Philly Soda Tax Loses Fizz as Grocer Closes Shop in Food Desert

Philadelphia’s special tax on sugary beverages is blamed for the closure of a grocery store serving one of the city’s “food deserts.” This tax, the first in a major city, was criticized in a National Center commentary that recently appeared in the Detroit News.

Grocer Jeff Brown sat with First Lady Michelle Obama during the 2010 State of the Union Address while President Barack Obama lauded Brown for locating his stores in impoverished areas that don’t normally have access to quality foods. In March, Brown will be closing one of those stores – his ShopRite supermarket at 67th Street and Haverford Avenue.

The store, located near the city line, has had a 23 percent loss in sales – an annual net loss of over $1 million – since the tax was imposed in 2016. Brown noted the beverage tax was a catalyst for greater loss, causing people to shop outside the city for cheaper drinks and thus hurting overall grocery sales.

“This store is closed because of [Mayor] Jim Kenney’s beverage tax,” Brown said, “and he’s locked in, and he’s been a bully, and he’s causing harm to the people of Philadelphia.”

In the commentary, National Center Vice President David W. Almasi explained that the 1.5-cents-per-ounce tax on drinks that include sodas, sports drinks and certain coffees and teas was supported to a large degree by former Enron energy trader John Arnold and his wife Linda. Their Action Now Initiative gave $400,000 to a local group pressuring the Philadelphia City Council to pass the tax, and the Arnold Foundation later gave the city $500,000 to fight a lawsuit that sought to overturn the tax. This is in addition to other similar anti-consumer choice efforts the Arnolds have helped bankroll in San Francisco and Oakland in California and in Portland, Oregon.

Almasi pointed out that the Arnold-backed taxes are regressive and punitive. The “de facto luxury tax” was also not living up to expectations in the City of Brotherly Love:

For one thing, a tax creates a revenue stream for the government upon which it will undoubtedly become dependent. In Philadelphia – where the tax is allocated for schools, recreation centers, libraries and parks – it was budgeted to raise $47 million in its first six months. It caused alarm when it only raised just under $40 million. And it might not have even cut consumption by that much. More than a year after the tax went into effect, it was estimated that around a third of residents were traveling out of town to buy the beverages that are taxed more within city limits.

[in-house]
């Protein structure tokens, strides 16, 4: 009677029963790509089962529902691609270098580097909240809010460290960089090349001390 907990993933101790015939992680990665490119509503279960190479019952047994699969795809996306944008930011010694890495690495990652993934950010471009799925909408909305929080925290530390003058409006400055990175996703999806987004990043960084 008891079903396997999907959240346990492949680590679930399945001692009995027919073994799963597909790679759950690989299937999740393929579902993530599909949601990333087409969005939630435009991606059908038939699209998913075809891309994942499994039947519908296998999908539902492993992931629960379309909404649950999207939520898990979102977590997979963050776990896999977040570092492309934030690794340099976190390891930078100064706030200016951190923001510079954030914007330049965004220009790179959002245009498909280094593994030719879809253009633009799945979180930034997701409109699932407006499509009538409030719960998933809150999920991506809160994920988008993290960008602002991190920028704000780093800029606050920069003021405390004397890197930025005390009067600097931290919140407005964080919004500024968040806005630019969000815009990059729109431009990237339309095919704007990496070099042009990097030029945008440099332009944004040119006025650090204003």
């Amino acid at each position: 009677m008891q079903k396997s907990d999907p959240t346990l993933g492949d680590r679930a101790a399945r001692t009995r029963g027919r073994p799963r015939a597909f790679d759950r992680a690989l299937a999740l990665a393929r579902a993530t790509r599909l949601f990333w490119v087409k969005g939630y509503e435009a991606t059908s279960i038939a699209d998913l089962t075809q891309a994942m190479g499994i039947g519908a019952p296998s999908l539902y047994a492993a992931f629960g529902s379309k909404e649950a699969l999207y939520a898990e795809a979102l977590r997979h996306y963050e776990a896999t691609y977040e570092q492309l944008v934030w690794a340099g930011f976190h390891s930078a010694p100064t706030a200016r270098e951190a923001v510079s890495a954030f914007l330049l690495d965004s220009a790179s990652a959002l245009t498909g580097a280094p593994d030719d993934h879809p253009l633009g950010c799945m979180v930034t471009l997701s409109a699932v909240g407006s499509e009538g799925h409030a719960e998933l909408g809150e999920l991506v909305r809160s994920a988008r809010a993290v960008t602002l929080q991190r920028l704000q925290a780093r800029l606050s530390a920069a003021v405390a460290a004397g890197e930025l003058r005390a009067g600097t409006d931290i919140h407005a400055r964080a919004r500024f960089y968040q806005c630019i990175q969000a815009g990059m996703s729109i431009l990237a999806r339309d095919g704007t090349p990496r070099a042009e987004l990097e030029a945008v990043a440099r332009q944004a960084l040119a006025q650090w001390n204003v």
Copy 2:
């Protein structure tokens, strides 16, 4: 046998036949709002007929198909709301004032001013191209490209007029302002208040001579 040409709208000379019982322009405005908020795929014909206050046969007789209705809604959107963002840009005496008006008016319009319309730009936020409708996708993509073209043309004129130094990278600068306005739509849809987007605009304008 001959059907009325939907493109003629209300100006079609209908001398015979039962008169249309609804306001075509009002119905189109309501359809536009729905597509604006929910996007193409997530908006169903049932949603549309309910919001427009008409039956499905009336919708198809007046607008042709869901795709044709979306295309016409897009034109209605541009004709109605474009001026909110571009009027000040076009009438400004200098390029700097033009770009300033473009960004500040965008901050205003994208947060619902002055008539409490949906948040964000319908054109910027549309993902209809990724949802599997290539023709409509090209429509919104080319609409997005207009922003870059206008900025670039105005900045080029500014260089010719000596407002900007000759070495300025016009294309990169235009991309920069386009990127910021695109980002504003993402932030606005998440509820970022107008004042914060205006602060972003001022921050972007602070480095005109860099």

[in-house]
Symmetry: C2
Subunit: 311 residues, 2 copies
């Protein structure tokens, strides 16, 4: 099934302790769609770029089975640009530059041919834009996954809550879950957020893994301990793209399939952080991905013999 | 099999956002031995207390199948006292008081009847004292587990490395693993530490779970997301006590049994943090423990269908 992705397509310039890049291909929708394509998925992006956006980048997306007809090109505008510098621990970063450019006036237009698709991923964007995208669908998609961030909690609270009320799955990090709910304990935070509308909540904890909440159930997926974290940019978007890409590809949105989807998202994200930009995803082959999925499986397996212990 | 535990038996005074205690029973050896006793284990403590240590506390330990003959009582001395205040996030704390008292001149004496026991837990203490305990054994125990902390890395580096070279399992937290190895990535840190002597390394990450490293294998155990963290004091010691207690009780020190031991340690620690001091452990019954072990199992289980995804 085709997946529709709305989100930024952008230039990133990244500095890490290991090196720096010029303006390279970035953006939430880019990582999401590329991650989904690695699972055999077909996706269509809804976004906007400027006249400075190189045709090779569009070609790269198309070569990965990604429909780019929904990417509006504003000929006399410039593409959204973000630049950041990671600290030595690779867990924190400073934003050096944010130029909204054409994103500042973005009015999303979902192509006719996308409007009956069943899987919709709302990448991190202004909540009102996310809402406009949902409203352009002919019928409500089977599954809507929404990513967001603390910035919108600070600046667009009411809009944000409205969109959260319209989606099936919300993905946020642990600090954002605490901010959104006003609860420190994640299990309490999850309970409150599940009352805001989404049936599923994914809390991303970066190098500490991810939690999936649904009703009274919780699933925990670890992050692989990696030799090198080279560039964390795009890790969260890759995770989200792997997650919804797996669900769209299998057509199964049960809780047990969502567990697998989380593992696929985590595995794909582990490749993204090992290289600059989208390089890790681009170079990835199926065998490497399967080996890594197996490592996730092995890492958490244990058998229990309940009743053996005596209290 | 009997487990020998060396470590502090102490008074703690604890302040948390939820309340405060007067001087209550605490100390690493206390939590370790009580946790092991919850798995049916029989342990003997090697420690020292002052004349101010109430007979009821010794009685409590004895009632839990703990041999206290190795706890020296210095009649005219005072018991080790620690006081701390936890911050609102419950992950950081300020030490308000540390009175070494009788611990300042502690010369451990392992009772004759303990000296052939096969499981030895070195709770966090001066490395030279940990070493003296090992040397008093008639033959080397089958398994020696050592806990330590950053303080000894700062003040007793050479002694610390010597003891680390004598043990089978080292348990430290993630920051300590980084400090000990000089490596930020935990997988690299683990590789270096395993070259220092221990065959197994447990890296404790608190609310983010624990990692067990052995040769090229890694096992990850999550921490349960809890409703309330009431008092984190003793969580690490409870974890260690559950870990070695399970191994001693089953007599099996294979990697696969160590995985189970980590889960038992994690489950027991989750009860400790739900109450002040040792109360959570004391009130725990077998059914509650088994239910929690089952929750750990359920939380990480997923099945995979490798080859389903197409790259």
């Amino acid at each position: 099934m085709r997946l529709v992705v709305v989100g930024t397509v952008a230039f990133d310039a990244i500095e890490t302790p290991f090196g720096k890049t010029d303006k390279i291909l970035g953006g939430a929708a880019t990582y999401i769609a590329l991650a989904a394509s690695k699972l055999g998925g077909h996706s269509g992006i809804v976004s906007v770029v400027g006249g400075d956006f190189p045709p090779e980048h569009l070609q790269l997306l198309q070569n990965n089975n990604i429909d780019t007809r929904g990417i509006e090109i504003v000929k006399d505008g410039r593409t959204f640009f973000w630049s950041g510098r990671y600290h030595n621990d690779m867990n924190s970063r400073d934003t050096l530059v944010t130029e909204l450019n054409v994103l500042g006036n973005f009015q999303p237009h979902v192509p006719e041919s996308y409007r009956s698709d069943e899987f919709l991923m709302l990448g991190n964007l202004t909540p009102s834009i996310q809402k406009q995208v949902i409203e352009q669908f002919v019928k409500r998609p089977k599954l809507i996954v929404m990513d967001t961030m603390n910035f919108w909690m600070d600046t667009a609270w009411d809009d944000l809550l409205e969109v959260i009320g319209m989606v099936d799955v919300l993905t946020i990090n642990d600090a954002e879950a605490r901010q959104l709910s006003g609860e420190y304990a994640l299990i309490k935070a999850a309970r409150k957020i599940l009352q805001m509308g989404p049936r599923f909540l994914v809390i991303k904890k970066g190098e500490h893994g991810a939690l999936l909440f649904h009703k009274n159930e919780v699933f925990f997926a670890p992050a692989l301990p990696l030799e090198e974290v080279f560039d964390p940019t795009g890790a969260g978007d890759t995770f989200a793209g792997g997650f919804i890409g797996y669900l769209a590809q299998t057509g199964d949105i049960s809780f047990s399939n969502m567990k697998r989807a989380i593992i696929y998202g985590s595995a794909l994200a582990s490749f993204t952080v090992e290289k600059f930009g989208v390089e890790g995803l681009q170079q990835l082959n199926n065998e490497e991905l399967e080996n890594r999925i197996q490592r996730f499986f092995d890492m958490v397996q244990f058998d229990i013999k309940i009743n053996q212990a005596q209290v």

Arnold-backed beverage taxes are also inherently unfair. Think back to those inner-city residents craving a Coca-Cola. Soda taxes are regressive, meaning poor households are spending more of their income on them. They are also less likely to be able to travel elsewhere to satisfy their cravings and avoid Philadelphia’s punitive pricing.

Located in an area where food staples are already hard to find, the site of the closed store will now become a full-blown food desert, warns Brown. He laments: “I built these stores to help people live healthier, longer lives. This is taking a success and destroying it.”

On the defensive, Mayor Kenney’s office said educational programs funded by the beverage tax created 278 jobs. But Brown noted that the tax has already led him to cut 200 jobs at his stores through attrition. While all 111 employees of the 67thand Haverford store will be repurposed, their jobs will ultimately be eliminated when they leave them.

Making this an even more significant blow to the community is the fact that Brown hires ex-cons at his stores. That was another reason why President Obama praised Brown.

In pushing the soda tax, the Arnolds and the liberal politicians of Philadelphia have depressed opportunity and will likely make many residents less healthy. Their progressive policies have confounded a progressive business leader who says he’s just “looking to help people.” It’s hard to see an upside, no matter how one pours it out.



The National Center for Public Policy Research, founded in 1982, is a non-partisan, free-market, independent conservative think-tank. Ninety-four percent of its support comes from individuals, less than four percent from foundations and less than two percent from corporations. It receives over 350,000 individual contributions a year from over 60,000 active recent contributors.